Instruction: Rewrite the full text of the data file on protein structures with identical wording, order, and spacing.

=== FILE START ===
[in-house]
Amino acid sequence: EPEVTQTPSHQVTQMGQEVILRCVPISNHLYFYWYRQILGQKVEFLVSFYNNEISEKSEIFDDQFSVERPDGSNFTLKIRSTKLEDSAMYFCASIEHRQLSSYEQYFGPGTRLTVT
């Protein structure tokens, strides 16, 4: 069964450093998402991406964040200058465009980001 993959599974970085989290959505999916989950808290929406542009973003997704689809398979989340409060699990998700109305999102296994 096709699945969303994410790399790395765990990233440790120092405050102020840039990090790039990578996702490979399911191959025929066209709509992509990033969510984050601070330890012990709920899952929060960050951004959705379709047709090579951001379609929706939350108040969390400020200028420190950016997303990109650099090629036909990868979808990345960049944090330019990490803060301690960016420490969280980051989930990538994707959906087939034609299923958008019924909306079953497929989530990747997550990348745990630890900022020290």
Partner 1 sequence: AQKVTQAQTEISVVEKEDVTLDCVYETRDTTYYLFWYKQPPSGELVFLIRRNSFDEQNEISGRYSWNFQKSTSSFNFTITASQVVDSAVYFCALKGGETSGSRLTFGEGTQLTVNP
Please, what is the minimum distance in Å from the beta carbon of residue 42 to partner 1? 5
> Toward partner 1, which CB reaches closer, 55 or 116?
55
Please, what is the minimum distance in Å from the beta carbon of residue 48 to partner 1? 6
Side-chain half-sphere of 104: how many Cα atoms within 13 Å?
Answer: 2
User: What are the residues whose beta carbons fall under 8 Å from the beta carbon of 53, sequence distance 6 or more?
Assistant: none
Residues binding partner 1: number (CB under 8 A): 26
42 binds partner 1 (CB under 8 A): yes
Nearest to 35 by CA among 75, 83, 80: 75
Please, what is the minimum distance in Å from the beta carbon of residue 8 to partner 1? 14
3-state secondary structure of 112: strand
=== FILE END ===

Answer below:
[in-house]
Amino acid sequence: EPEVTQTPSHQVTQMGQEVILRCVPISNHLYFYWYRQILGQKVEFLVSFYNNEISEKSEIFDDQFSVERPDGSNFTLKIRSTKLEDSAMYFCASIEHRQLSSYEQYFGPGTRLTVT
């Protein structure tokens, strides 16, 4: 069964450093998402991406964040200058465009980001 993959599974970085989290959505999916989950808290929406542009973003997704689809398979989340409060699990998700109305999102296994 096709699945969303994410790399790395765990990233440790120092405050102020840039990090790039990578996702490979399911191959025929066209709509992509990033969510984050601070330890012990709920899952929060960050951004959705379709047709090579951001379609929706939350108040969390400020200028420190950016997303990109650099090629036909990868979808990345960049944090330019990490803060301690960016420490969280980051989930990538994707959906087939034609299923958008019924909306079953497929989530990747997550990348745990630890900022020290």
Partner 1 sequence: AQKVTQAQTEISVVEKEDVTLDCVYETRDTTYYLFWYKQPPSGELVFLIRRNSFDEQNEISGRYSWNFQKSTSSFNFTITASQVVDSAVYFCALKGGETSGSRLTFGEGTQLTVNP
Please, what is the minimum distance in Å from the beta carbon of residue 42 to partner 1? 5
> Toward partner 1, which CB reaches closer, 55 or 116?
55
Please, what is the minimum distance in Å from the beta carbon of residue 48 to partner 1? 6
Side-chain half-sphere of 104: how many Cα atoms within 13 Å?
Answer: 2
User: What are the residues whose beta carbons fall under 8 Å from the beta carbon of 53, sequence distance 6 or more?
Assistant: none
Residues binding partner 1: number (CB under 8 A): 26
42 binds partner 1 (CB under 8 A): yes
Nearest to 35 by CA among 75, 83, 80: 75
Please, what is the minimum distance in Å from the beta carbon of residue 8 to partner 1? 14
3-state secondary structure of 112: strand